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Crypto-currency is used to battling an ever-increasing surge of malware infiltration, but now a ‘light-hearted’ example has been causing some Microsoft Security Essentials (MSE) users some heartache.
Crypto-currency isused to battling an ever-increasing surge of malware infiltration, but now a‘light-hearted’ example has been causing some Microsoft Security Essentials(MSE) users some heartache.
While the Norwegian-spawnedcrypto mining virus spreads through the community, now the ghost of virusespast has surfaced to add some (non-lethal) panic to the mixture.
Block chain headache
MSE forums user edc678voiced concern last week over a signature from veteranDOS/STONED virus being added to the block chain. “It appears to be a joke or prank, simply because this particular virusdoes nothing more than periodically show "YOUR COMPUTER HAS BEENSTONED" on one out of every eight computer boot-ups,” the user wrote.
While only thesignature was uploaded and not the virus itself, there is no threat to users ofany sort. The problems arise, however, when MSE flags up the signature as apotential threat, resulting in the need for users to cleanse the ‘infected’file, which in this case means the block chain file.
With the block chain historygone, users would need to re-download it, which requires some time as it iscurrently 17,405 megabytes, according to Blockchain.info.
“…its constant alerts of finding threats in theblockchain is not only worrisome, but can create panic and a negativeperception of Bitcoin as a whole, damaging its reputation and annoying users,” edc678 continues.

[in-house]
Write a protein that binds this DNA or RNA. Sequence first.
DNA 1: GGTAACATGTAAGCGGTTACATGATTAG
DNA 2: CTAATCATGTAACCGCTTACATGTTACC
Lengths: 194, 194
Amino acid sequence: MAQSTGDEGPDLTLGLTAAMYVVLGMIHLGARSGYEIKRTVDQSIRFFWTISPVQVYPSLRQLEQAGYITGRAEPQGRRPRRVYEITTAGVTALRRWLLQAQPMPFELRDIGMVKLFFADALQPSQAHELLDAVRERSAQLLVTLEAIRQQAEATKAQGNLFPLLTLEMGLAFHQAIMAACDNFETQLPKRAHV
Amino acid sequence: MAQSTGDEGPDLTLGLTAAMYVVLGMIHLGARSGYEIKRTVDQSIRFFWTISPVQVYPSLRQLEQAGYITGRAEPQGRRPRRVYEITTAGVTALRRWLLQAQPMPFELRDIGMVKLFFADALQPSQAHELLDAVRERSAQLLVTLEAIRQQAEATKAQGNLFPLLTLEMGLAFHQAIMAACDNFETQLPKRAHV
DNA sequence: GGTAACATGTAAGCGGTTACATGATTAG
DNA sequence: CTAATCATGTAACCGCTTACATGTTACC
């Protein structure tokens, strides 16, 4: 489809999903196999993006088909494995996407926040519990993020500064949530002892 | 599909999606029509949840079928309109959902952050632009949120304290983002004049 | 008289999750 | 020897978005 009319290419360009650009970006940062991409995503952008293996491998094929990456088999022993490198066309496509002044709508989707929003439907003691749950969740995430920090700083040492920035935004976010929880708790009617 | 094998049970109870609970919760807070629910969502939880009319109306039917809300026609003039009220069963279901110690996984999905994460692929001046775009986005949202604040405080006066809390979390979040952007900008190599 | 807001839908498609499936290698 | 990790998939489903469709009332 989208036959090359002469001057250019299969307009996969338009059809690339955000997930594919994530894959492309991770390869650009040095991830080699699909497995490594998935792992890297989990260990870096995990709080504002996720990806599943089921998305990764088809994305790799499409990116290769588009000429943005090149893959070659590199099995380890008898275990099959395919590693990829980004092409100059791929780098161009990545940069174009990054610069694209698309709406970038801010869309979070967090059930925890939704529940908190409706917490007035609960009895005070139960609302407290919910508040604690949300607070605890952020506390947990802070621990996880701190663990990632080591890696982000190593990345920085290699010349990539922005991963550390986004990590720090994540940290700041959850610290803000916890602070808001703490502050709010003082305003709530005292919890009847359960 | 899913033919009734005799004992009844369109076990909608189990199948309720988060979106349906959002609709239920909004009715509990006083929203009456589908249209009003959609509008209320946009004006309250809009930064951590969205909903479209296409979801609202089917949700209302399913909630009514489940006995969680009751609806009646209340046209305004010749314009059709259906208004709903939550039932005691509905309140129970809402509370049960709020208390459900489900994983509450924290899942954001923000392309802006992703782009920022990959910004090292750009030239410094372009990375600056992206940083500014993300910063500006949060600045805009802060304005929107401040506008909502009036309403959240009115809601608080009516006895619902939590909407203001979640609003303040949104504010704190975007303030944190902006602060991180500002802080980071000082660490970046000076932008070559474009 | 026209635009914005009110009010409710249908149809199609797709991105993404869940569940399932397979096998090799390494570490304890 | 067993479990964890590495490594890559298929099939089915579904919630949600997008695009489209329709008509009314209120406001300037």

The threat for themeantime appears to be contained and reported only by a small number of MSEclients, however. The DOS/STONED virus first surfaced in 1987, making it anunlikely cause of today’s block chain insecurity.
Meanwhile, whilereporting that Bitcoin malware has increased by 25% since 2013, InternetSecurity provider Kaspersky Labs has fallen foul of its own adversary,PCWorld.com reports.
Albeit not a miningapp like those found and removed from Google Play earlier this month, the fakeapp impersonates Kasperksy’s security product, while in fact offering noprotection whatsoever to the paying user.
“This app, which also had to be paid for upfront, went by the name of Kaspersky Mobile. The fact that there is no programwith that name in Kaspersky Lab’s product line didn’t deter the fraudsters –they obviously didn’t expect anyone to notice,” a blog post from Kaspersky expert Roman Unuchek furthernotes.
“The fake app, which was available for 149rubles or around $4, used Kaspersky’s logo and other branding elements and evenpretended to scan files when run.”
While relativelyharmless compared to mining malware, the app itself was new in being listed onWindows Phone Store, Kaspersky says, as Google Play was previously the venue ofchoice for scammers.
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